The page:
• Barokee to Native Dog Creek walk This track is the longest in Cathedral Rock National Park. It links Barokee and Native Dog campgrounds and takes in both Woolpack Rocks and Cathedral Rock along the way.
    • Warrigal walking track Warrigal walking track, close to Native Dog campground in Cathedral Rock National Park, is a short, easy walk that’s popular with families and those who enjoy birdwatching.

    270 million years in the making

    Cathedral Rock track rock pile, Cathedral Rock National Park. Photo: Barbara Webster

    The granites of the New England batholith, which formed deep beneath the earth's surface 270 million years ago, dominate Cathedral Rock National Park. For the next 50 million years, further intrusions of molten rock were forced into fissures deep within the earth's crust, forming some of the dykes evident in the park today. Weathering has exposed large granite tors - most notably, Cathedral Rock, a series of large granite boulders perched one on top of another to a height of about 200m and extending approximately 1km. The most recent geological feature in the park is the basalt-capping on the summit of Round Mountain, a domed peak in the centre of the park. These basalt flows originated in the Ebor volcano, centred to the east of Point lookout, which was active around 18 million years ago.

    • Cathedral Rock track Cathedral Rock track is an exciting and challenging walk, near to Barokee campground and Round Mountain, offering scenic views across the New England Tablelands from the summit.
    • Warrigal walking track Warrigal walking track, close to Native Dog campground in Cathedral Rock National Park, is a short, easy walk that’s popular with families and those who enjoy birdwatching.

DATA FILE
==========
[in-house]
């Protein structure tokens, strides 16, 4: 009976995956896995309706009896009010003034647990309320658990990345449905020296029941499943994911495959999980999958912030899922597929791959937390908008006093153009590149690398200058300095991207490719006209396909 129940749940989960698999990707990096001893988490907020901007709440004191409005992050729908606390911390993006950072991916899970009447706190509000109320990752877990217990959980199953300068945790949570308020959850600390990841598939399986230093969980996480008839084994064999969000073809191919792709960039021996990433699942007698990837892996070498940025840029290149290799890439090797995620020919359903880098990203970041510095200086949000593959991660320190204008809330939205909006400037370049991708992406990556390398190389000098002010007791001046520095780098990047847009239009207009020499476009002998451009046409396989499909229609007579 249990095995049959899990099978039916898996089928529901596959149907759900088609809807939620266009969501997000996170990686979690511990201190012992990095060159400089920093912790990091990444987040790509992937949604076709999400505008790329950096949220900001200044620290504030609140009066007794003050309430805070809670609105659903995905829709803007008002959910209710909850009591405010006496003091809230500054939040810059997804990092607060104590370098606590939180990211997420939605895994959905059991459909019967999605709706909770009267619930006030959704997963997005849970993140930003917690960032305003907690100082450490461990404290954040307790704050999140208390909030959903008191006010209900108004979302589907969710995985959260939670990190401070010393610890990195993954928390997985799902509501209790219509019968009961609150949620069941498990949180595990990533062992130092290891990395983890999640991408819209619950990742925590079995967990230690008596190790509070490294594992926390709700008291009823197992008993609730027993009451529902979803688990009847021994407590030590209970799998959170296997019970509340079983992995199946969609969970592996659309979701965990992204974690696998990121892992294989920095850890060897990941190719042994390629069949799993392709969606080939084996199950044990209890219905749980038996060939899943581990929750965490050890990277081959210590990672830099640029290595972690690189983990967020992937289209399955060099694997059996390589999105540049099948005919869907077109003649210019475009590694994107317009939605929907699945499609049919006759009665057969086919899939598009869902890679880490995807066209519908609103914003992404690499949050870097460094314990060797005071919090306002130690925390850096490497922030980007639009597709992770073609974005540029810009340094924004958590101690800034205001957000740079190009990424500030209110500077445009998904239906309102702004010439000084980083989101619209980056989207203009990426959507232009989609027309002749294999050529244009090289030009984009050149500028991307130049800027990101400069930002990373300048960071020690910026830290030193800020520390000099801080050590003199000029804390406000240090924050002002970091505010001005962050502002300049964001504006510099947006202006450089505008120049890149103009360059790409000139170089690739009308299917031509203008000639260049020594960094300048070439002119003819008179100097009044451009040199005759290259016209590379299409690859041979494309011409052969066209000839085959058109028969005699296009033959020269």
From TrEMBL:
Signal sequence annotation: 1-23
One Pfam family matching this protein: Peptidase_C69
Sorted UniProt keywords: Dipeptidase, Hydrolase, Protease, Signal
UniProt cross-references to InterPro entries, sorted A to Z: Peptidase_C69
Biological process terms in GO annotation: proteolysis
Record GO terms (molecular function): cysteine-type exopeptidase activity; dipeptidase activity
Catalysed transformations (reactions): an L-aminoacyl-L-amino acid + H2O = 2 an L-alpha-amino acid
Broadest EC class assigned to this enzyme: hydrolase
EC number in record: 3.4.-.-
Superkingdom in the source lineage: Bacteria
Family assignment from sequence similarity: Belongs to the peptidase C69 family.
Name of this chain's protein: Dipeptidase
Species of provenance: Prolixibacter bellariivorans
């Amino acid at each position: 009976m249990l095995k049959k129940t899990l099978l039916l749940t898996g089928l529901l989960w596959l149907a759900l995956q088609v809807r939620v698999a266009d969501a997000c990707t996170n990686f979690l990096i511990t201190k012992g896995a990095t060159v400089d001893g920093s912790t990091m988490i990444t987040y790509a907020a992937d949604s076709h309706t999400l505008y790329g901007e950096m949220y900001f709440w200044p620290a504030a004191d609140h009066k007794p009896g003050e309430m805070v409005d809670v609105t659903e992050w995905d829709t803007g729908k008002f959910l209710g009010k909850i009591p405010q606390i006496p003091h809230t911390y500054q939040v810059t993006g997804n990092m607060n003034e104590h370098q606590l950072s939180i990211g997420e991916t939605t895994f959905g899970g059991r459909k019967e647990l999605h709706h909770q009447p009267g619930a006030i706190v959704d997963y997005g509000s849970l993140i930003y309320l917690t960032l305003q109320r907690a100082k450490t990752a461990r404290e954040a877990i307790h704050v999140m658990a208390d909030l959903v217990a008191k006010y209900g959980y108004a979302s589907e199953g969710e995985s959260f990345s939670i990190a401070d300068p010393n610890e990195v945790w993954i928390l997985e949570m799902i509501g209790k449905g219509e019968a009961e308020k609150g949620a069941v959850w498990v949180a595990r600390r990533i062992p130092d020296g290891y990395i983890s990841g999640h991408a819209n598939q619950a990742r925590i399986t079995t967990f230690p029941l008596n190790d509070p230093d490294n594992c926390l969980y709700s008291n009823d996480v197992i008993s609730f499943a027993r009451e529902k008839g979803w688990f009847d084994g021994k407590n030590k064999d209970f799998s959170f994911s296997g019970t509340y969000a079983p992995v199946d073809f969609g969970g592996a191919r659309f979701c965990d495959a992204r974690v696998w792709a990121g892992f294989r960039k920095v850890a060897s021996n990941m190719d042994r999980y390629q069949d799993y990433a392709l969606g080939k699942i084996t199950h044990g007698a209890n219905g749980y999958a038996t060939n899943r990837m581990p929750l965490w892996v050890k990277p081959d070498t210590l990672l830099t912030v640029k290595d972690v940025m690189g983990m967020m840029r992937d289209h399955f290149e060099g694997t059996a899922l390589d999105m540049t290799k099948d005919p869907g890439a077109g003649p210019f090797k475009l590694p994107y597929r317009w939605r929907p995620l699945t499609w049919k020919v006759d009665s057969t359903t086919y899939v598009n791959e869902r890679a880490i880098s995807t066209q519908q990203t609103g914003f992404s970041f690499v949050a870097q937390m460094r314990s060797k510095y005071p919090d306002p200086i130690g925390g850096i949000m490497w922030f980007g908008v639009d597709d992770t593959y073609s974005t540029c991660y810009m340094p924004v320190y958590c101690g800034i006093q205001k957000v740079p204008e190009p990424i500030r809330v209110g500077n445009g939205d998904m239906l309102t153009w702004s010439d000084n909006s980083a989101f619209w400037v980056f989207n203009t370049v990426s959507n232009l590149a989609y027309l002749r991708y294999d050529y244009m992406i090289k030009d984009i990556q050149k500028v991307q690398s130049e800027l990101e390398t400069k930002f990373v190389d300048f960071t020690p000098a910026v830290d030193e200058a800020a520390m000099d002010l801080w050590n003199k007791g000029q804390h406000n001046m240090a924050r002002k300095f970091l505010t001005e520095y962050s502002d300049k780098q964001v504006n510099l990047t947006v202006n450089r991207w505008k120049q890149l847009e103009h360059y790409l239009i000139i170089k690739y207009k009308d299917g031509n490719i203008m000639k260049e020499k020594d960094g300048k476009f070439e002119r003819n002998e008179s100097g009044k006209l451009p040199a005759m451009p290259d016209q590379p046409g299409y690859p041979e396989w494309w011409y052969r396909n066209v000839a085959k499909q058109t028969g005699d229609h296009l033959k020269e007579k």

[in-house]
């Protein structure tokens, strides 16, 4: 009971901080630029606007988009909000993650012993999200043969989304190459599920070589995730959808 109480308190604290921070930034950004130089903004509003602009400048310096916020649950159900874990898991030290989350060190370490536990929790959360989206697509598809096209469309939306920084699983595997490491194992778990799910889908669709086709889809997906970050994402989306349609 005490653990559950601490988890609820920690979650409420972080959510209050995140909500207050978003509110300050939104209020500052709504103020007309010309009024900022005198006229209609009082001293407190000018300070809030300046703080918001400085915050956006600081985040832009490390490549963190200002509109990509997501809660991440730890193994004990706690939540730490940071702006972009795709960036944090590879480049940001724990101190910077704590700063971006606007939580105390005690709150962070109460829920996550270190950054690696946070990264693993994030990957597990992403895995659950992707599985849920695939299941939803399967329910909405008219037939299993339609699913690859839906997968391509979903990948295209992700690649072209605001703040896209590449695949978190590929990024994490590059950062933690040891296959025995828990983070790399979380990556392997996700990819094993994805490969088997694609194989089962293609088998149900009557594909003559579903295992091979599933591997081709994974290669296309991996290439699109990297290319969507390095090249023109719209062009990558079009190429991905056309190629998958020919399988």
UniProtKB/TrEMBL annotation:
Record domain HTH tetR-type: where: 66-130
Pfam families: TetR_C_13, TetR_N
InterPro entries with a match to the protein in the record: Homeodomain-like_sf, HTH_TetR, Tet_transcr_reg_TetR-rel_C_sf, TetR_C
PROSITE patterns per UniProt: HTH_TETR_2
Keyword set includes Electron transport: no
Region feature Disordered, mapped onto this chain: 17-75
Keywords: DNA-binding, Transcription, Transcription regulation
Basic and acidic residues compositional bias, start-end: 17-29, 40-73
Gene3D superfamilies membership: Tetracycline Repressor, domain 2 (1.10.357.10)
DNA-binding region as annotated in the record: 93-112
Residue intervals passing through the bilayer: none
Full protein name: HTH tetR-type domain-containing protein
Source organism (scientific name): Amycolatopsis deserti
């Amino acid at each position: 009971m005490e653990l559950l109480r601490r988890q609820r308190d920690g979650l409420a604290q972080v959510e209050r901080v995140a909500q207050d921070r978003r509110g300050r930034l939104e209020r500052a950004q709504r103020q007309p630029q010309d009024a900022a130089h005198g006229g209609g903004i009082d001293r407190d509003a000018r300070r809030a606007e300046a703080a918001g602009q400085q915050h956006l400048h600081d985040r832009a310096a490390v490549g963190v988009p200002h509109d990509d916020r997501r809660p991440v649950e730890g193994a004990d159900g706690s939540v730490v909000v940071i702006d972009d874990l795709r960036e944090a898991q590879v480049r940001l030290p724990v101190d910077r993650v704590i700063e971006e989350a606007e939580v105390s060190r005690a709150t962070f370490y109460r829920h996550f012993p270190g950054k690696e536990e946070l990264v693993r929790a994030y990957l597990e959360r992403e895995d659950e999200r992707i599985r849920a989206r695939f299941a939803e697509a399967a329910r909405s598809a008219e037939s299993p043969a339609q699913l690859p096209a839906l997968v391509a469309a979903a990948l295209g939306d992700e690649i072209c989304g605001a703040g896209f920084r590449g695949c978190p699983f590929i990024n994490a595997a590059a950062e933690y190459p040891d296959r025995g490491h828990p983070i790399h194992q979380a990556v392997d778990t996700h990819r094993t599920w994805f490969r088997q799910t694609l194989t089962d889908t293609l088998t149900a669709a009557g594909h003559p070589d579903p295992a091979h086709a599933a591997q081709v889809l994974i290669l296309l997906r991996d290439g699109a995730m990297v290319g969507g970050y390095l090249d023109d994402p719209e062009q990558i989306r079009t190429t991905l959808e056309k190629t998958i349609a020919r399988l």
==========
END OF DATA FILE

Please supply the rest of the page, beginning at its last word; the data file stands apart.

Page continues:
• Woolpack Rocks Starting from Native Dog campground, follow this track to Woolpack Rocks, where you can picnic, birdwatch and walk to the summit for views across the New England Tablelands.

    Education resources (1)

    What we're doing

    Cathedral Rock National Park has management strategies in place to protect and conserve the values of this park. Visit the OEH website for detailed park and fire management documents.

    Understanding landscapes and geology

    Cathedral Rock National Park values the protection and conservation of biodiversity, land and native vegetation. NPWS carries out a range of ongoing initiatives, designed to minimise negative impacts to the park’s delicate features and landscapes. Monitoring and, where required, rehabilitation of significant areas are ongoing in this park.

    Preserving biodiversity

    Cathedral Rock National Park, known for its sensitive and diverse landscapes, is committed to preserving biodiversity. NPWS embraces programs that work to conserve the integrity and diversity of the park’s native vegetation communities. Efforts to minimise threats to such significant communities are ongoing, and may include monitoring and fire management strategies.

    Conservation program

    BioNet

    Uniting technology with the vast collection of information on biodiversity in NSW, BioNet is a valuable database open to any user. From individual plant sightings to detailed scientific surveys, it offers a wealth of knowledge about ecology and threatened species in NSW. 

    Developing visitor facilities and experiences

    NPWS is committed to providing ample facilities for visitors to enjoy. Cathedral Rock National Park frequently evaluates its visitor offerings to ensure park visitors are well catered for. Tourist accommodation, including national park campgrounds, is regularly reviewed, serviced and maintained to a high standard, with visitor feedback considered and incorporated wherever possible.